2- Important Methods of Webdriver Fluent Wait Commands.

2.1- Fluent Wait Command Methods.

2.1.1- Commonly used Fluent Wait methods.
Method Name                Syntax             Description
withTimeout Sets the wait for the condition to become true. The default timeout is FIVE_HUNDRED_MILLIS.
withMessage Sets the message which would appear after the timeout.
pollingEvery Sets the frequency of condition should be evaluated. The default polling interval is FIVE_HUNDRED_MILLIS.
ignoring Lists the exception that you want to skip when the timeouts.


2.1.2- Advanced Fluent Wait methods.
Method Name                Syntax             Description
It’ll apply the instance’s input value to the given predicate until the timeout occurs or the predicate becomes true.
It’ll apply the instance’s input value to the given function until one of the following occurs:

  1. The function returns neither null nor false.
  2. The function throws an un-ignorable exception.
  3. The timeout expires.
  4. The current thread gets interrupted.



Throws a timeout exception.


2.2- Summary of Fluent Wait Methods.

From the above table it is seen that the until() method is an overloaded function which can take two types of parameters:

1- A Function()
2- A Predicate()

In the next section, we’ll talk about these entities and give examples of Webdriver Fluent Wait commands. But before you proceed, we recommend reading the below post. It’ll provide you step by step instructions to create a Selenium Webdriver project in Eclipse IDE. After going through this article, it would be easy for you to understand the sample code shown in the next section.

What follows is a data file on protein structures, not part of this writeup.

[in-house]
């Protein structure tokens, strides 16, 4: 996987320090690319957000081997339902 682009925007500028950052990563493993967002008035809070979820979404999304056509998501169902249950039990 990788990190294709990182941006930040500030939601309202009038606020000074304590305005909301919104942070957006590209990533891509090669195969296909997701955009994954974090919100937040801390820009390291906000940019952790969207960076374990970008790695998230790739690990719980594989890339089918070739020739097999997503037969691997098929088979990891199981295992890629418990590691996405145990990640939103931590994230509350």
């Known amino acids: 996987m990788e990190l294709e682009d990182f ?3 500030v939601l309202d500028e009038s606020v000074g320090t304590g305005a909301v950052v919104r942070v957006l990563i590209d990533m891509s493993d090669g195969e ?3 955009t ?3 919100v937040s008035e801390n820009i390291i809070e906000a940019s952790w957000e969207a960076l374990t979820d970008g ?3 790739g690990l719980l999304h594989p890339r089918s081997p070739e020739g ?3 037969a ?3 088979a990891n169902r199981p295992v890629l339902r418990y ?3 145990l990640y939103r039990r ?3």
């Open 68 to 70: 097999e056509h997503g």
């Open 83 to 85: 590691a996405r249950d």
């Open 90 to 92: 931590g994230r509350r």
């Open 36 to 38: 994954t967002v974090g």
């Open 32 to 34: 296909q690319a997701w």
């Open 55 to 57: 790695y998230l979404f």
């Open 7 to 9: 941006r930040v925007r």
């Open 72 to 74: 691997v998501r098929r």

3- Fluent Wait command Examples with Sample Code.

Since the main logic of Fluent Wait revolves around a function and a predicate, so we’ll take up examples using these constructs. Also, we’ll give ready to use sample code so that you can use it directly in your projects.

3.1- Using Function() to Write Sample Code.


A Function is a general interface which requires the class to define the following method.

The above apply() method takes the Webdriver as an input argument and returns either true or false. Alternatively, we can derive this info from the below syntax:

Function <WebDriver, Boolean>.

It signifies that the first input parameter is the argument to the apply() method and the second indicates its return type. Also, you must note that without importing the <> package, your Fluent Wait code won’t compile instead will throw errors. So you would have to download the <> file first. Then, by adding it as an external Jar, you’ll be able to run your code.

3.2- User Case Scenario and the HTML Code to Run Fluent Wait Command Sample.

Let’s now review the use case which we want to automate.

There is a simple button on the web page. The button gets highlighted in few seconds. We have to verify the color code of the highlighted text.